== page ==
Amy Barrett has taken the judicial oath of office to replace the late Justice Ruth Ginsburg on the bench of the U.S. Supreme Court.
Chief Justice John Roberts administered the oath to Barrett, a conservative, in a private ceremony at the Supreme Court on Tuesday.
Barrett, 48, had earlier taken the constitutional oath at the White House on Monday night shortly after her confirmation by the Senate.
Supreme Court justices are required to take the constitutional and judicial oaths before assumption of duty.
Barret’s lifetime appointment has sealed a 6-3 conservative majority on the nine-member bench of the apex court.
Her nomination by President Donald Trump on Sept. 26, weeks before the Nov. 3, presidential election drew sharp criticisms from Democrats, who voted against her confirmation in the Senate.
The opposition believes her presence in the court will favour Republicans in politically sensitive cases, including healthcare and election disputes that may get to the apex court.
Joe Biden, former Vice President and Democratic Party’s candidate, decried the “rushed and unprecedented confirmation” of Barrett “in the middle of an ongoing election”.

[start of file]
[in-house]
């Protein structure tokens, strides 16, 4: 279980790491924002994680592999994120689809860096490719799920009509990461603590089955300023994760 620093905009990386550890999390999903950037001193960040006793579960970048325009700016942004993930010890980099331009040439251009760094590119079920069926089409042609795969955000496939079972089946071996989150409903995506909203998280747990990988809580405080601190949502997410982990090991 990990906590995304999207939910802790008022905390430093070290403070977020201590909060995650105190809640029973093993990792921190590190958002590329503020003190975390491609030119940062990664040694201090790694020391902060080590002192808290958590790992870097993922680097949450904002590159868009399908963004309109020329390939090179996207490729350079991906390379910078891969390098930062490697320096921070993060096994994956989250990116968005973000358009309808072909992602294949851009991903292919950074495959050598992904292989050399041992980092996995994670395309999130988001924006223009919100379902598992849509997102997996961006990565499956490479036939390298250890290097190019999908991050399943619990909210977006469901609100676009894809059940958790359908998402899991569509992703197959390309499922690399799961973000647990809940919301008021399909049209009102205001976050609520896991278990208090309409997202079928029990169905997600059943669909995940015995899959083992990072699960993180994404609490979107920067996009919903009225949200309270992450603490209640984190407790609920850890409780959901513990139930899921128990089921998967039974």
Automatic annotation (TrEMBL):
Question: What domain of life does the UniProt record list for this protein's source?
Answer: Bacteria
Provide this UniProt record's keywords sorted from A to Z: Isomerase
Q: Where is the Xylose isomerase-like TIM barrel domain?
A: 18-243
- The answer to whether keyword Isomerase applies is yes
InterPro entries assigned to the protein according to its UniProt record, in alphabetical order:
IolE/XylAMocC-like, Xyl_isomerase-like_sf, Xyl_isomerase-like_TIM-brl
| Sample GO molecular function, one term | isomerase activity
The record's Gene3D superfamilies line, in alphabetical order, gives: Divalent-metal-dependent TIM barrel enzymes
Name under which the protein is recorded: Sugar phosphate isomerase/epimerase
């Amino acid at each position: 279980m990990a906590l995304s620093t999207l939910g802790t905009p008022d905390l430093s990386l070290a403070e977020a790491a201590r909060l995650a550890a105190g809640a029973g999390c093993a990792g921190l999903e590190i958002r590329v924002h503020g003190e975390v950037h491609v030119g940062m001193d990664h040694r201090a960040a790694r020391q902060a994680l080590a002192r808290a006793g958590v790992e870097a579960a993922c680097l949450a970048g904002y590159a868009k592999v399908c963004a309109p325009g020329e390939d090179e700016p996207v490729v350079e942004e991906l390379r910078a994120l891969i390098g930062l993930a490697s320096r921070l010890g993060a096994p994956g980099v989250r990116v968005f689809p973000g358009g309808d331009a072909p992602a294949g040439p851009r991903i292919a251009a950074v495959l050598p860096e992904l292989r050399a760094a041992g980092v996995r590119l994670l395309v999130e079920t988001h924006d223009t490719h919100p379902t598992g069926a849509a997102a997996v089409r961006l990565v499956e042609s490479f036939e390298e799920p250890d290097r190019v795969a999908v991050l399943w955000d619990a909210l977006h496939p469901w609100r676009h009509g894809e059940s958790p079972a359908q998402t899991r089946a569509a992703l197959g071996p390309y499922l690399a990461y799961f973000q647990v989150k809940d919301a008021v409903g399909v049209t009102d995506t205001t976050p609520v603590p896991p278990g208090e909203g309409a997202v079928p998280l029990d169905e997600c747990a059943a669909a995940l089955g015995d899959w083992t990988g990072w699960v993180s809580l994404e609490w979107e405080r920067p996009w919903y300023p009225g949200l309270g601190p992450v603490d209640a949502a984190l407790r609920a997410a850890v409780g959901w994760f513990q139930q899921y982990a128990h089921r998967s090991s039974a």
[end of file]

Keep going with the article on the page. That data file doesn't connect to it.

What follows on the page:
“Just a few days after Election Day next week, the Supreme Court will hear the case on the Affordable Care Act.
“While panicked and erratic in mishandling the pandemic, Donald Trump has been crystal clear on one thing.
“He wants to tear down the Affordable Care Act in its entirety and take away your health care and protections for pre-existing conditions.
“But we will not give up. If you want to protect your health care, if you want your voice to be heard in Washington, if you want to say no, this abuse of power doesn’t represent you — then turn out and vote,” Biden said in a statement.
However, Barrett said in her speech after she took the first oath of office on Monday night that her policy preferences would not influence her decisions on cases.
She said the confirmation process had made one of the fundamental differences between the federal judiciary and the Senate clearer to her.
She said that perhaps the most acute is the role of policy preferences noting that it is the job of a senator to pursue her policy preferences.
Barrett said it would be a dereliction of duty for her to put policy goals aside. By contrast, it is the job of a judge to resist her policy preferences.
“It would be a dereliction of duty for her (me) to give into them. Federal judges don’t stand for election.
“Thus, they have no basis for claiming that their preferences reflect those of the people.
“This separation of duty from political preference is what makes the judiciary distinct among the three branches of government,” she said.